IMHO Looks good on paper

By Ron Scopelliti

Pawtucket. It’s a little-known fact that the name Pawtucket is actually derived from a Native American phrase meaning “How the hell do I get back to Rte. 95?” Or maybe not. Maybe, as our president likes to say when he’s caught in a lie, that’s just something that someone told me.

I bring it up because I seldom go to Pawtucket without getting lost, and I’m anticipating a trip to the Map Center, which recently relocated from Providence to Pawtucket. I looked the place up because I’ve been spending too much time using virtual maps, and not enough time with the good, old fashioned paper sort. I figured a trip to a map store would reignite my passion for real, physical maps.

Unfortunately, when I called to find out what their hours were, I was afraid I’d sound like a smart-ass asking the guy from the Map Center for directions to his store. So instead I’m in the counterproductive position of looking it up it up on my phone.

Not that there’s any guarantee that all the tech will get me there. I still have trouble finding the same path to and from my favorite Thai restaurant in Pawtucket, and frequently end up taking an unintended diversion through another city, or occasionally another state. I feel like I’d have a better time finding my way if I got back to using a real paper map, and breaking out of what’s become an unhealthy reliance on my cell phone.

And it’s an unhealthy reliance that’s ever-increasing. In addition to being my main map repository, my iPhone is now my most frequently used camera, my kitchen timer, my compass, my level, my social media hub … It’s nauseating to think that not only do I feel uneasy leaving the house without it – I now feel uneasy if I go to the basement to do laundry or work on my bicycle without my stinking iPhone.

The last pocket item I came to depend on so heavily was my Swiss Army Knife, but somehow I find that less disturbing. There’s something special about a knife. It’s one of the fundamental tools of humanity. When our ancient ancestors decided to upgrade from sticks and stones, what did they make? Knives.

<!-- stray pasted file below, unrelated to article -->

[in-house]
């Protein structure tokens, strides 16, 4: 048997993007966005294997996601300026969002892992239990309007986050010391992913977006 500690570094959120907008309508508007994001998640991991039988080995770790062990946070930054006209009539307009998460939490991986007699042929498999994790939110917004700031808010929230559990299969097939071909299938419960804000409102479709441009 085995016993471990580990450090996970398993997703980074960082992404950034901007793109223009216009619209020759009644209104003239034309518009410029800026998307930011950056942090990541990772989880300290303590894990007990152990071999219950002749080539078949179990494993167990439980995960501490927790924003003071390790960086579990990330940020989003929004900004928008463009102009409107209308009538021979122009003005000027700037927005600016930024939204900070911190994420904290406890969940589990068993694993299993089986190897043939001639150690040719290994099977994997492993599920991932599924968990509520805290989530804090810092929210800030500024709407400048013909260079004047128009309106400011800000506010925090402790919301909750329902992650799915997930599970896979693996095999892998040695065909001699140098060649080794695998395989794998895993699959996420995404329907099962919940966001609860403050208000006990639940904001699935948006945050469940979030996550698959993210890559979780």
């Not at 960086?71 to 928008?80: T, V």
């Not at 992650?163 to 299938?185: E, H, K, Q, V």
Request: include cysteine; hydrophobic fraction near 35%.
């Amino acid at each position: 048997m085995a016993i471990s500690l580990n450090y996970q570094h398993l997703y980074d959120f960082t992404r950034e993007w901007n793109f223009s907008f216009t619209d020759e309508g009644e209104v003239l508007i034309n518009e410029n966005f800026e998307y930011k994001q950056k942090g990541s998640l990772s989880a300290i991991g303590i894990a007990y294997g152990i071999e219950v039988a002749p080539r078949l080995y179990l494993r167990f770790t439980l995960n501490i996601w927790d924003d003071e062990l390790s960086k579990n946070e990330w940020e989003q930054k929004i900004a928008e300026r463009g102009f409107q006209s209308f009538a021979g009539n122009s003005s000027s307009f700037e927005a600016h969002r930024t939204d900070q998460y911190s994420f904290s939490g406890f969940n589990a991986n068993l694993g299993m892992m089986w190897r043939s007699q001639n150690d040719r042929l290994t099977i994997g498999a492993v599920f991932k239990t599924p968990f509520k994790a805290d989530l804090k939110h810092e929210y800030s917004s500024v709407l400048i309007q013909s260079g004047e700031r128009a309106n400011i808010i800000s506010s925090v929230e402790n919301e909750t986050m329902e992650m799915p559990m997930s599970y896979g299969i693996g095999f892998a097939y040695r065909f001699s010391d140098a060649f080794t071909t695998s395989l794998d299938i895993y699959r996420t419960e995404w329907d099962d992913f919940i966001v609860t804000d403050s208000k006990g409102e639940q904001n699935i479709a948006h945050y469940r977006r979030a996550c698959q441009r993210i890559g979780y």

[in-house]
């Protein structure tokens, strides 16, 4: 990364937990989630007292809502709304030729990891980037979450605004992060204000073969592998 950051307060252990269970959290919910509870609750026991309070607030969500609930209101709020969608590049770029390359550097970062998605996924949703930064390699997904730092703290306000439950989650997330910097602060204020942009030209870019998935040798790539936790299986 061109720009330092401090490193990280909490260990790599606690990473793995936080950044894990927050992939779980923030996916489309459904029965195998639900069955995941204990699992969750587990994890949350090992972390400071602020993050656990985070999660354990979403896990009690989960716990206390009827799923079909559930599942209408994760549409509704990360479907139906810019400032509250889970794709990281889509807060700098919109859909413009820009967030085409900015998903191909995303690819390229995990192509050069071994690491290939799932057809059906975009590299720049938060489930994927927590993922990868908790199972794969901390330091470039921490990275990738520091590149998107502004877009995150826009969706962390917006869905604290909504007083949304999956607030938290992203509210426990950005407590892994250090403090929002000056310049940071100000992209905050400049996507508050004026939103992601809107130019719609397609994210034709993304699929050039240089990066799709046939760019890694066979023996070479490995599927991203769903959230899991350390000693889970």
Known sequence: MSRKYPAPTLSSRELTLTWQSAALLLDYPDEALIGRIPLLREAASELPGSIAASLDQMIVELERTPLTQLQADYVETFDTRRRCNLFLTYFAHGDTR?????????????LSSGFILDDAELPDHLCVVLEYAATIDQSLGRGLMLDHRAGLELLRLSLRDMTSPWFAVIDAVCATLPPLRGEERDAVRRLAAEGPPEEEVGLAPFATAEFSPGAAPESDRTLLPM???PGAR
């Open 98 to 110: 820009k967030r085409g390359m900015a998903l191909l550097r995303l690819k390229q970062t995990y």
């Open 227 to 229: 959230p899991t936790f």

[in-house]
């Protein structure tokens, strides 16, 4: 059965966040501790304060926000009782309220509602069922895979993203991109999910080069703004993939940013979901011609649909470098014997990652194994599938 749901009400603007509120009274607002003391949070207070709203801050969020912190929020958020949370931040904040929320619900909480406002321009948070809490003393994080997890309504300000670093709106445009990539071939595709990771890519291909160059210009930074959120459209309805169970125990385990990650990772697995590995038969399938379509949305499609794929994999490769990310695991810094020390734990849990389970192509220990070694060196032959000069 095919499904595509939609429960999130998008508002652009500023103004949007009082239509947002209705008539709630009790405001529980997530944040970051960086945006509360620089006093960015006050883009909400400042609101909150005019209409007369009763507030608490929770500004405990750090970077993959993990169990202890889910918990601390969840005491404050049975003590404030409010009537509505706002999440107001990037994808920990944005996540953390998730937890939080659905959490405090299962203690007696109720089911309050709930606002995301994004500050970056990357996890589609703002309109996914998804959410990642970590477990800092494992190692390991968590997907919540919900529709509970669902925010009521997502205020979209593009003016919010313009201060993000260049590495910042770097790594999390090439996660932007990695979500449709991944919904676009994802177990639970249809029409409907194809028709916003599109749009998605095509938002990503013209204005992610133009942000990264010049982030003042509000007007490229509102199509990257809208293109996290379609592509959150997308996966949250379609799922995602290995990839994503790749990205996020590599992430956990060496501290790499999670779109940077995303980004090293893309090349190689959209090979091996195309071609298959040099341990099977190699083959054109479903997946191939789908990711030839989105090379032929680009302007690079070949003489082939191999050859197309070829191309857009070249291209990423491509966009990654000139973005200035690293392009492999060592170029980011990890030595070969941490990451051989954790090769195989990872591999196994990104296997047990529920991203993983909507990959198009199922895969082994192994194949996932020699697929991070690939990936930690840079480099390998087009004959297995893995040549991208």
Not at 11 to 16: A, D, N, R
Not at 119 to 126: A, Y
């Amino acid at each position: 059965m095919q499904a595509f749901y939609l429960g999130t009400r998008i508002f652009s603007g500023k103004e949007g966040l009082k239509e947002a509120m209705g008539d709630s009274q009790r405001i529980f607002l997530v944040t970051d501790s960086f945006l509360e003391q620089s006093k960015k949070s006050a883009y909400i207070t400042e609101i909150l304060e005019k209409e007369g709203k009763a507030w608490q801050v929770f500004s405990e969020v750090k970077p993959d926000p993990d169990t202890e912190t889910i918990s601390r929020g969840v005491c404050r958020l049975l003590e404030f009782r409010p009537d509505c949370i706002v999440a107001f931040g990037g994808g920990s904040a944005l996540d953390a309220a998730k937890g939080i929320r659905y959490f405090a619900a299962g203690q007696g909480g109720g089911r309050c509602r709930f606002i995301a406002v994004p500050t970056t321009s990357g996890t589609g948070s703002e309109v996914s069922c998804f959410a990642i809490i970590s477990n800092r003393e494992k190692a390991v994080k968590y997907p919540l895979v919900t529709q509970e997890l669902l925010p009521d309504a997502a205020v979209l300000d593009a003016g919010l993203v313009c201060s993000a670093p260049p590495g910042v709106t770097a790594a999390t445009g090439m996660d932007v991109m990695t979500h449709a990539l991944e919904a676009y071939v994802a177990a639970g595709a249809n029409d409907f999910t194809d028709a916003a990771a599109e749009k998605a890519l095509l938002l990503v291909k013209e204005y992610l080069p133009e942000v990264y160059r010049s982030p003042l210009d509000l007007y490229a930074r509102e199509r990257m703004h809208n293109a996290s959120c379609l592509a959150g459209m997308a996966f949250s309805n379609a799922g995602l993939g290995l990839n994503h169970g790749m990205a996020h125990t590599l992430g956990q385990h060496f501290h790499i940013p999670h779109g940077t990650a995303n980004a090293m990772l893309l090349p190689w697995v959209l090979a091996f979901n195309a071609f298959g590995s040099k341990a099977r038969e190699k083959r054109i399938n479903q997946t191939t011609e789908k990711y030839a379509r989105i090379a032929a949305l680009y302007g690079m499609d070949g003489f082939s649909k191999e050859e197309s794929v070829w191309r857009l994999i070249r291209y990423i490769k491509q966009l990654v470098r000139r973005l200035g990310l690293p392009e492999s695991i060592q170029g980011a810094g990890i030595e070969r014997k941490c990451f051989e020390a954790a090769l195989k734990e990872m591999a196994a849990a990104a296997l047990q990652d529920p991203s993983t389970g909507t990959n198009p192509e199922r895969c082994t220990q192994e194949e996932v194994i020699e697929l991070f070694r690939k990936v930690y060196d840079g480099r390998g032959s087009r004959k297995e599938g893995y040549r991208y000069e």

I’ve owned the same Swiss Army Knife for about 30 years, and bought it back when I was a technician. In those days its numerous tools got heavy use, stripping wires, cutting tubing, adjusting process controllers, tightening terminals… And even though it’s now generally used for opening blister packs and enlarging the vent-holes on my coffee cups for optimal flow, I still feel uncomfortable if it’s not in my left pocket.

Shortly after I bought it, I learned about the now-defunct Swiss Army Knife Society. According to a 1993 article in the “San Diego Reader,” the society was founded by San Diego schoolteacher Rick Wall, and at that time had a membership of about 5,000. Members received a parchment certificate, a wallet-sized membership card, and a subscription to the society’s quarterly newsletter, “The Crimson Cutter.”

I never got around to joining, but I kind of wish I did. Which is kind of ironic, because I’d never consider joining an iPhone society. In fact, I often denigrate the Apple-flavored Kool Aid cult that’s developed around any tech device whose name starts with a lower-case “i”.

Maybe the difference is because the Swiss Army Knife Society had a sense of humor about itself, a whole hip-to-be-square attitude that’s the antithesis of Apple culture. But it’s more than that. A knife is just such a down-to-earth thing that I feel keeps me in touch with reality. I’ll never be able to consider my phone to be down-to-earth when it’s constantly trying to get me to join the iCloud.

I figure that, even if I don’t end up buying anything at the Map Center, being in a store full of good old-fashioned maps will help get me back in touch with the world. And who knows, maybe I will actually come home with something cool and unusual, like one of those amazing, annotated maps that George Matteson used to make of local towns.

That’s assuming I actually find my way to the place without getting lost in a wormhole, a subspace rift, or Woonsocket. Maybe I should stop in AAA and see if they’ll put together a TripTik to get me there.